How customers and a pandemic inspired Razer to go green

Razer DeathAdder V2
Razer DeathAdder V2 (Image credit: Windows Central)

What you need to know

  • Razer outlined a 10-year environmental roadmap as part of the #GoGreenWithRazer campaign.
  • The company will move to renewable energy, use recycled and recyclable materials, and become carbon neutral.
  • Razer's Sneki Snek campaign has already helped save 100,000 trees.

Razer's Sneki Snek campaign that helps save trees has been surprisingly successful. The campaign recently hit the milestone of saving 100,000 trees, and Razer expanded its goals. Now, Razer has announced a 10-year environmental roadmap under the #GoGreenWithRazer banner. The program includes using renewable energy, using recycled and recyclable materials, and going carbon neutral.

Razer's targets are to use 100% renewable energy by 2025, to use recycled or recyclable materials in all products by 2030, and to be 100% carbon neutral by 2030. It's a comprehensive effort that spans the entire company.

I spoke with Patricia Liu, Razer's chief of staff and member of Razer's board, to discuss the push for sustainability. Liu's resume and list of responsibilities are quite long, so she is also playfully known as Razer's chief of stuff.

Razer Go Green

Source: Razer (Image credit: Source: Razer)

"Things just exploded, and we thought that look, we really are serious about this ... It's more than just business," said Liu in response to the Sneki Snek campaign's success.

The current global pandemic also gave Razer an opportunity to reflect. Liu said:

I think the whole COVID pandemic also makes us more introspective, with all that is going on in that it is not just about the business it's about ... how do we relate with the environment our social part that we play as well as the bigger scheme of things.And with that introspection, it also brought us to think that we want to do something that is bigger than just business, something that's more meaningful.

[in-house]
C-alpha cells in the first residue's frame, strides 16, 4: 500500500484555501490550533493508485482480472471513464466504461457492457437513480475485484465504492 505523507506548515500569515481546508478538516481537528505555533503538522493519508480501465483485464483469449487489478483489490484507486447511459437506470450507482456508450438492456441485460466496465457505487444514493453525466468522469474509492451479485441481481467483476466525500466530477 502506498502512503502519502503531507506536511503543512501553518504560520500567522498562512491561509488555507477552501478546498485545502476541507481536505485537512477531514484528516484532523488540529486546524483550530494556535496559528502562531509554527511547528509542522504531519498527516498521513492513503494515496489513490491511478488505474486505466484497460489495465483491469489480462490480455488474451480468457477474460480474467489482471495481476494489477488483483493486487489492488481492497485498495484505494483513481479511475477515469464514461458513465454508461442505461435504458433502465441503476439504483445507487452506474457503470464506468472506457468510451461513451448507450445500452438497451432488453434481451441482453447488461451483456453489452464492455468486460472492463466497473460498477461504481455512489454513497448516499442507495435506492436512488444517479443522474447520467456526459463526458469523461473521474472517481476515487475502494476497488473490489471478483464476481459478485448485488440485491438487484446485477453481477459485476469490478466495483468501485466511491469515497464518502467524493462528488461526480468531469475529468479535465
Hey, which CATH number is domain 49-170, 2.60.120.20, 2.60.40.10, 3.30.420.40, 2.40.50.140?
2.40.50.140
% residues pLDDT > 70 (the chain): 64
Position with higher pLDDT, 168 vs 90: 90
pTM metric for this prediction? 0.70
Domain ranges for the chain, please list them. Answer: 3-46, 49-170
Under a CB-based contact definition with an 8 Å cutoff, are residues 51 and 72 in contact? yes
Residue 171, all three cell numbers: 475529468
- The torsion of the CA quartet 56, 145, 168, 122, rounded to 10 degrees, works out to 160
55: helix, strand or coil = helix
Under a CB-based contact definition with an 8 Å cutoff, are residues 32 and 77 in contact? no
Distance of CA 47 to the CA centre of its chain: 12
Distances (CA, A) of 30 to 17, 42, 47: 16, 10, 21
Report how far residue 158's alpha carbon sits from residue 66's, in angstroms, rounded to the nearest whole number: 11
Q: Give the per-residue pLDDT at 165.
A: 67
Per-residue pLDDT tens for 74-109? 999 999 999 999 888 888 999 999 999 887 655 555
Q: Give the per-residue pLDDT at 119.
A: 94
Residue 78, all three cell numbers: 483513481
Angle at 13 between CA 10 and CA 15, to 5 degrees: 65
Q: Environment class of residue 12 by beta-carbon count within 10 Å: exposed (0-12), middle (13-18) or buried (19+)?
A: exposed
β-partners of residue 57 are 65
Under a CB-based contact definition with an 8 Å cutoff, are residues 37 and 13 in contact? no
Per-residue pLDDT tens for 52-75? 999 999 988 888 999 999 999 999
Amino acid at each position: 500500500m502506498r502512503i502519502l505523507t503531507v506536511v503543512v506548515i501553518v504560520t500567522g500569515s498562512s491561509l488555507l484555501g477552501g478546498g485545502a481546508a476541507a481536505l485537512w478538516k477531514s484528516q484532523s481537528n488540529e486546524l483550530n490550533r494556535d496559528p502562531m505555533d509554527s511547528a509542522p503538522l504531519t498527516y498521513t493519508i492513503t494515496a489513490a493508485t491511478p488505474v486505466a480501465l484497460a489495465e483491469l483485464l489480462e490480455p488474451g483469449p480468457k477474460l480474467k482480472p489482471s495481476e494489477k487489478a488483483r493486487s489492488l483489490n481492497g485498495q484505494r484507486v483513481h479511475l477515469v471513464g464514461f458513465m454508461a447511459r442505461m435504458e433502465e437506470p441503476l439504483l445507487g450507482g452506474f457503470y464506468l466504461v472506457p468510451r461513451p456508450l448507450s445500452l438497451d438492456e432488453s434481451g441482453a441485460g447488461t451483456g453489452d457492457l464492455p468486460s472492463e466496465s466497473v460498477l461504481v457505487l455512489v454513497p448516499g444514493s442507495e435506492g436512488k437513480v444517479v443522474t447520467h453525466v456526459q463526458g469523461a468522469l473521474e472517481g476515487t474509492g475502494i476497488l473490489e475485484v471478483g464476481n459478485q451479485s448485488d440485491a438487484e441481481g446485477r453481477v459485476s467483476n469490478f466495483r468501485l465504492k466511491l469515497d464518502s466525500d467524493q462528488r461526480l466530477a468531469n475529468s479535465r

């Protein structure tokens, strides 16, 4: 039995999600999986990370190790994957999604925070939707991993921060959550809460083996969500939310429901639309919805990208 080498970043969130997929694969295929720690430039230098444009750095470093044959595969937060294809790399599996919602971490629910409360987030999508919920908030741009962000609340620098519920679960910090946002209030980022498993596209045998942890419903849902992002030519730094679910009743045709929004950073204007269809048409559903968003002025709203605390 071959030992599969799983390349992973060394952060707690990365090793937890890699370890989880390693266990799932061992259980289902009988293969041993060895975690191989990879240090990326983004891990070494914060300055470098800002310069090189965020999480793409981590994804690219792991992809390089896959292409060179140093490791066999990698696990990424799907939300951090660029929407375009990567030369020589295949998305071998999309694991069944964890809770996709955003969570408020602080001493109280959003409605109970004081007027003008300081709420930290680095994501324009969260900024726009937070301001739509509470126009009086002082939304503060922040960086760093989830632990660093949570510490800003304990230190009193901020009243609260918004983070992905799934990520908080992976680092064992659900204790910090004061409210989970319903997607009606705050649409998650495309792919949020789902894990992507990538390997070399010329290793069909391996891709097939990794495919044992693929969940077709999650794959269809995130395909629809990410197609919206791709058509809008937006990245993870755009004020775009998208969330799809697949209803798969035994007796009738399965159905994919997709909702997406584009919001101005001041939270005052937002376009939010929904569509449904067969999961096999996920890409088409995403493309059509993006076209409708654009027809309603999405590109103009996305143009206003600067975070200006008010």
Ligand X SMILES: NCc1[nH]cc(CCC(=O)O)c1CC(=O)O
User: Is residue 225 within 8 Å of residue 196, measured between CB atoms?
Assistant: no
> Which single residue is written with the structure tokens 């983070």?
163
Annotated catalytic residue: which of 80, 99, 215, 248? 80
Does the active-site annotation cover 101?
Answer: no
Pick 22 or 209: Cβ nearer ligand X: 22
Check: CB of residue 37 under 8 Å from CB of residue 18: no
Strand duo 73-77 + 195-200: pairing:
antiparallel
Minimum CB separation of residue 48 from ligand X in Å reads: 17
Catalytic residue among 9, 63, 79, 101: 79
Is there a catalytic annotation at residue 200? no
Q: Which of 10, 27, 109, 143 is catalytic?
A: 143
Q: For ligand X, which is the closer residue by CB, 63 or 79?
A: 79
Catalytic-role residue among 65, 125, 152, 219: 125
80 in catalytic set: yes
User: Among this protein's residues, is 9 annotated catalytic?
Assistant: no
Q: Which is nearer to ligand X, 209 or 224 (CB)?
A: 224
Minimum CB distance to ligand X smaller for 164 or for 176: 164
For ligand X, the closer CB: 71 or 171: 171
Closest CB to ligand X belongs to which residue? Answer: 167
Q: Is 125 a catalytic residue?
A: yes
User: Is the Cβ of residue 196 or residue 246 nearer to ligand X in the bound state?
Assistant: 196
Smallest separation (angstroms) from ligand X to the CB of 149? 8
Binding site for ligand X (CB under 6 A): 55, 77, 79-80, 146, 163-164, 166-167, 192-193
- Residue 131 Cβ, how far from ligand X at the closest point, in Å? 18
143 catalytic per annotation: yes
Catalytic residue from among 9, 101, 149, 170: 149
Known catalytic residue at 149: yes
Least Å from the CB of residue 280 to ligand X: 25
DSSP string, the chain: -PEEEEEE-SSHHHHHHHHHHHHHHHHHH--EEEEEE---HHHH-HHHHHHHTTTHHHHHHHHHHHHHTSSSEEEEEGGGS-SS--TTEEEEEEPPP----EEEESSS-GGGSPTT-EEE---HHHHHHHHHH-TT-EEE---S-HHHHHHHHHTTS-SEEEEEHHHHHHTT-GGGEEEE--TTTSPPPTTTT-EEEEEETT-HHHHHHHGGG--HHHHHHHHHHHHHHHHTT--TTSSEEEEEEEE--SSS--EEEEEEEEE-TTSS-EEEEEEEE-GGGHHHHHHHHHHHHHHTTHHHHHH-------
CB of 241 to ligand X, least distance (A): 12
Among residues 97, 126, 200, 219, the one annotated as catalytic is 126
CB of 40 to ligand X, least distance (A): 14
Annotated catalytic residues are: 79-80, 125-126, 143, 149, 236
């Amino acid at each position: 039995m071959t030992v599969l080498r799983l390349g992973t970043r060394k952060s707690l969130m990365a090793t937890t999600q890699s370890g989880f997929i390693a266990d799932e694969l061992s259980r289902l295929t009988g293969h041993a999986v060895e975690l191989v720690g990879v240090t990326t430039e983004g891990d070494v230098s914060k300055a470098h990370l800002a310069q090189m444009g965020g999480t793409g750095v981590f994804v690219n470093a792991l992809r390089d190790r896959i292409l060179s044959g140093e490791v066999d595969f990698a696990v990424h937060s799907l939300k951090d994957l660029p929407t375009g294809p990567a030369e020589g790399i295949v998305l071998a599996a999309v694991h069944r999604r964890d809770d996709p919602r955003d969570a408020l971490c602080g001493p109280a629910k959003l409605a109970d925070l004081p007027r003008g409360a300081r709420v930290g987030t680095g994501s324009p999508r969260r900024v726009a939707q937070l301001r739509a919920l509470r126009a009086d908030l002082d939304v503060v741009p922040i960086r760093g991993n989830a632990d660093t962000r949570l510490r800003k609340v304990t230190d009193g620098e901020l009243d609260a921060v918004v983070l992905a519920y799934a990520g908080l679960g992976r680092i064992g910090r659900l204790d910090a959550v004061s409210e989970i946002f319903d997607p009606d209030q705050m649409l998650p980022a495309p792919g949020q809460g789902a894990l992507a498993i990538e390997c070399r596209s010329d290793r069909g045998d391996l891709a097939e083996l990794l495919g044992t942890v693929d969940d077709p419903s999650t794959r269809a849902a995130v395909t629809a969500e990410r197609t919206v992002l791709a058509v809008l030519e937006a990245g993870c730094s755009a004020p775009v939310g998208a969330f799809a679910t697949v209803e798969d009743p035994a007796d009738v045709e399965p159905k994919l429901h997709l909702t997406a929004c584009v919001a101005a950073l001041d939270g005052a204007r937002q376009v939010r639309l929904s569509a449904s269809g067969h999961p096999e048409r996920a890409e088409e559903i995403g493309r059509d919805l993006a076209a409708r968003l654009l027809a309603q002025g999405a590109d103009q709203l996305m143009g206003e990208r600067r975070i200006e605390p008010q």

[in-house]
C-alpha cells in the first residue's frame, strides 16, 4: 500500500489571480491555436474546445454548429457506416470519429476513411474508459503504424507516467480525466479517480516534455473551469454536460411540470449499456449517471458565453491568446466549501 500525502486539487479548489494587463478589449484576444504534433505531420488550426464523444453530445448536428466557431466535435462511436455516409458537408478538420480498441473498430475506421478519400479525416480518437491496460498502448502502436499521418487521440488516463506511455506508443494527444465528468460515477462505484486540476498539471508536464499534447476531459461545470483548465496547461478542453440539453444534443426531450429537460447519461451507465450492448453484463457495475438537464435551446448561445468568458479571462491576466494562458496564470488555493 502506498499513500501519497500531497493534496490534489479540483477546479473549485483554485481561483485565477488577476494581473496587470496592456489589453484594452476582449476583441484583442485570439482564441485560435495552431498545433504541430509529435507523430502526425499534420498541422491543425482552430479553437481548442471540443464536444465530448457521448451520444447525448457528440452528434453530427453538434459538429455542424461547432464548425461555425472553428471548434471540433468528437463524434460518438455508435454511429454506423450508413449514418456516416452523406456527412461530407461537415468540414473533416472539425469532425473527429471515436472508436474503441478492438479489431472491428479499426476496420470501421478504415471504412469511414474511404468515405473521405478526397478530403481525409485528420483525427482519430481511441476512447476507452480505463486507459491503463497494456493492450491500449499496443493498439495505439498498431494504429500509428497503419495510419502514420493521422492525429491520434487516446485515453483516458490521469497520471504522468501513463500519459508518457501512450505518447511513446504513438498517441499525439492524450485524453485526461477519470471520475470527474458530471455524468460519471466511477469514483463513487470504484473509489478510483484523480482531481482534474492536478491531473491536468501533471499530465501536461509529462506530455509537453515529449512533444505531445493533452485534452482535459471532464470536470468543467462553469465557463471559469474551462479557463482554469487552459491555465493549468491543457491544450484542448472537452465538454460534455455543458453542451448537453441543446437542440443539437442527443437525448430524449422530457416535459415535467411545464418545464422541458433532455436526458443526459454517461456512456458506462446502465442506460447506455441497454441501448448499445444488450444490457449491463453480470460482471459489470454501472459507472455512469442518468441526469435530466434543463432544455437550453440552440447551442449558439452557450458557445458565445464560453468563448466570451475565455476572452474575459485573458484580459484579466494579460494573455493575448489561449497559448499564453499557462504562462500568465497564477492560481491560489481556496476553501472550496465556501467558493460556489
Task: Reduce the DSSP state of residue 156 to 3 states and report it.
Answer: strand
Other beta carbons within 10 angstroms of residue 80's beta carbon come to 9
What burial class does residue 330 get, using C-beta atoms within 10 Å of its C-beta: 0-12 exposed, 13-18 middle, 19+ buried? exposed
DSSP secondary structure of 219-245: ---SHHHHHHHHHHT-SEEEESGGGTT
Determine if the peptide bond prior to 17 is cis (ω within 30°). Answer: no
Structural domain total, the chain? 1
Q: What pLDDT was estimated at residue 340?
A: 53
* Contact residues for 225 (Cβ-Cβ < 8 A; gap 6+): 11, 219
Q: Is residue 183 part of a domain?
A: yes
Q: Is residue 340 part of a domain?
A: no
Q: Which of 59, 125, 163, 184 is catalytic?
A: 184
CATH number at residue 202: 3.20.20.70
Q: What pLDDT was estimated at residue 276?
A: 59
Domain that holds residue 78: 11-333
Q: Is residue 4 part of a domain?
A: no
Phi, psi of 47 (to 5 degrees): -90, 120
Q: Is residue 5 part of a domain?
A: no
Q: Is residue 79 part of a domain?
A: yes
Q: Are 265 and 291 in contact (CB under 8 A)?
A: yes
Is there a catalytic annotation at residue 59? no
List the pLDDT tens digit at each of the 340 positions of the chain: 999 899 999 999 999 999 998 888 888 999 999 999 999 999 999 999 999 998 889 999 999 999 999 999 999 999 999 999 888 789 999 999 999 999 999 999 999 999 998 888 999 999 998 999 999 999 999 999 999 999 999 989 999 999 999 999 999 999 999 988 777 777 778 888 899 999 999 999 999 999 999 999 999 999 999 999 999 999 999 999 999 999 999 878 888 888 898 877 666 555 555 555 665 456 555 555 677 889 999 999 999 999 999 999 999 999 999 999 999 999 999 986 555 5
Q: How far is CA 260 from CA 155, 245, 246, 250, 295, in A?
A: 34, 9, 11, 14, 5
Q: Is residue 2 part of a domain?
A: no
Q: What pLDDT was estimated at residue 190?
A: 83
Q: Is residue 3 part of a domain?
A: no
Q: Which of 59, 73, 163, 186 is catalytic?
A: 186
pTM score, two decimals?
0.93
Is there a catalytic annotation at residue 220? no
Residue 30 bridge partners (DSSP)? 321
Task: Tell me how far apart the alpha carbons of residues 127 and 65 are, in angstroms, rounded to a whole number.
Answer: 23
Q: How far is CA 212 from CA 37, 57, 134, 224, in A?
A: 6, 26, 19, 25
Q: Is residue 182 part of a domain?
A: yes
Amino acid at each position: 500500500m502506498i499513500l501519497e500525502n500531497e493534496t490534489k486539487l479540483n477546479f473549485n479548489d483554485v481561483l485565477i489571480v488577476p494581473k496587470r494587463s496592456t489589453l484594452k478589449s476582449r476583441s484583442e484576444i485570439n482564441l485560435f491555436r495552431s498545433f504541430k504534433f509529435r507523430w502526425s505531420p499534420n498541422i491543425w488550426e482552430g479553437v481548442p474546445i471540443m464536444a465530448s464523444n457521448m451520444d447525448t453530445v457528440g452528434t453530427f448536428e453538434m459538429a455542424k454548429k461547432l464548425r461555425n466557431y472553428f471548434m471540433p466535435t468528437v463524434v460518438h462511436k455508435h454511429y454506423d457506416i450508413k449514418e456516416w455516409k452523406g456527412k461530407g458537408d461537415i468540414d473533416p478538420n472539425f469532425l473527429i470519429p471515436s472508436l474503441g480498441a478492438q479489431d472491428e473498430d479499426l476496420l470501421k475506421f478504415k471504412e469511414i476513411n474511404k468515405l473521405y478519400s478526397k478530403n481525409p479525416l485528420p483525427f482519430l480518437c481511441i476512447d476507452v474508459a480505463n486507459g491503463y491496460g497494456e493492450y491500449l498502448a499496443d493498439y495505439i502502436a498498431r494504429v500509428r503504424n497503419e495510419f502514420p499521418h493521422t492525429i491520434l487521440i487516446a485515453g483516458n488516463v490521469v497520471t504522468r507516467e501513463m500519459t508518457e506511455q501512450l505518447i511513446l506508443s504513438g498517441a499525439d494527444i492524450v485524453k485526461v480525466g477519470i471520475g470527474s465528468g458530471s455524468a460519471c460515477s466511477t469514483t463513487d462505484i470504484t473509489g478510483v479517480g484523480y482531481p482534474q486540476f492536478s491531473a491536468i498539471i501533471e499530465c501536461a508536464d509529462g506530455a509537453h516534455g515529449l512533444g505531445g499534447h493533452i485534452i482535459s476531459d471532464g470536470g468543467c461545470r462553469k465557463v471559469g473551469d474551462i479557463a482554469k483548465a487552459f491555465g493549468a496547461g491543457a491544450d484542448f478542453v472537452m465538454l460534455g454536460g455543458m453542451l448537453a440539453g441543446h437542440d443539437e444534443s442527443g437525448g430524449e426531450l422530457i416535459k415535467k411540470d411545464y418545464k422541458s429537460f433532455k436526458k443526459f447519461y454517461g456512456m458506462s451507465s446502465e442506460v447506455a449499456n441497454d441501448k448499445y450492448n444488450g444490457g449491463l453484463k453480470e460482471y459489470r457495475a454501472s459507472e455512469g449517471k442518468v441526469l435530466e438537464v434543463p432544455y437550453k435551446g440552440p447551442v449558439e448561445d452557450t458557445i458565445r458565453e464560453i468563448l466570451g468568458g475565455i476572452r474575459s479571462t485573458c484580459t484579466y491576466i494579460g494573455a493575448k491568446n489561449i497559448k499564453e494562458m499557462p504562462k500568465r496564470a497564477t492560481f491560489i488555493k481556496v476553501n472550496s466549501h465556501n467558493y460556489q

Razer DeathAdder Designing

Source: Razer (Image credit: Source: Razer)

Redesigning products isn't just about swapping out materials. Liu discussed the challenges of meeting Razer's quality standards while also focusing on sustainability:

The challenge is actually getting the right materials and also at the same time retaining the kind of quality and reliability of the products. So that is really the challenge, to balance the quality along with the availability of the products of the materials and the raw materials that we're actually looking at.

Liu shared the design process of mice as an example. Mice like the Razer DeathAdder V2 have to go through several iterations to meet Razer's standards while also improving sustainability.

We were looking at our mice products, for example. [They] didn't work at first ... then we tweaked around and we actually changed some of the composition, and then it worked.

Razer makes some of the best Windows laptops as well as some of the best PC gaming accessories, so it has to be careful not to sacrifice quality in exchange for sustainability.

Razer Sustainable Packaging

Source: Razer (Image credit: Source: Razer)

In addition to Razer's products being more environmentally friendly, the company will also work on improving its packaging. Razer has already improved in this area for some of the packaging it uses but will continue to improve as part of its reinvigorated efforts. Razer's packaging will be FSC-certified and biodegradable.

Liu discussed how Razer's old packaging looked great and was great for presenting products, but that the new packaging is more sustainable.

Razer Headquarters

Source: Razer (Image credit: Source: Razer)

Razer's European office in Hamburg, Germany is already powered by renewable energy. The upcoming Razer SEA HQ in Singapore will be the second Razer office to be powered by renewable energy. By 2025, all of Razer's offices will be powered by 100% renewable energy.

Liu's emphasis on reducing the use of materials stuck out to me. Rather than just buying credits to offset a carbon footprint or making things recyclable, Razer is emphasizing the importance of using less:

It's more important to reduce and then recycle and then after that to neutralize, in that order. Because often it's easier to do the other way around; to neutralize and then, whatever, right? But in the event that we can't reduce, then I think that the second part of it is to recycle.

Liu's comments on reducing material use illustrate a deeper commitment to sustainability. Company's with deep pockets can do a lot of lip service when it comes to being environmentally friendly, but Razer's efforts are clearly more than that.

I tried to get Liu to share what the next Sneki Snek product is but couldn't manage to get it out of her. In jest, Liu said, "Well, I have a standard PR statement. We know we're not supposed to comment on any future products."

Sean Endicott
News Writer and apps editor

Sean Endicott brings nearly a decade of experience covering Microsoft and Windows news to Windows Central. He joined our team in 2017 as an app reviewer and now heads up our day-to-day news coverage. If you have a news tip or an app to review, hit him up at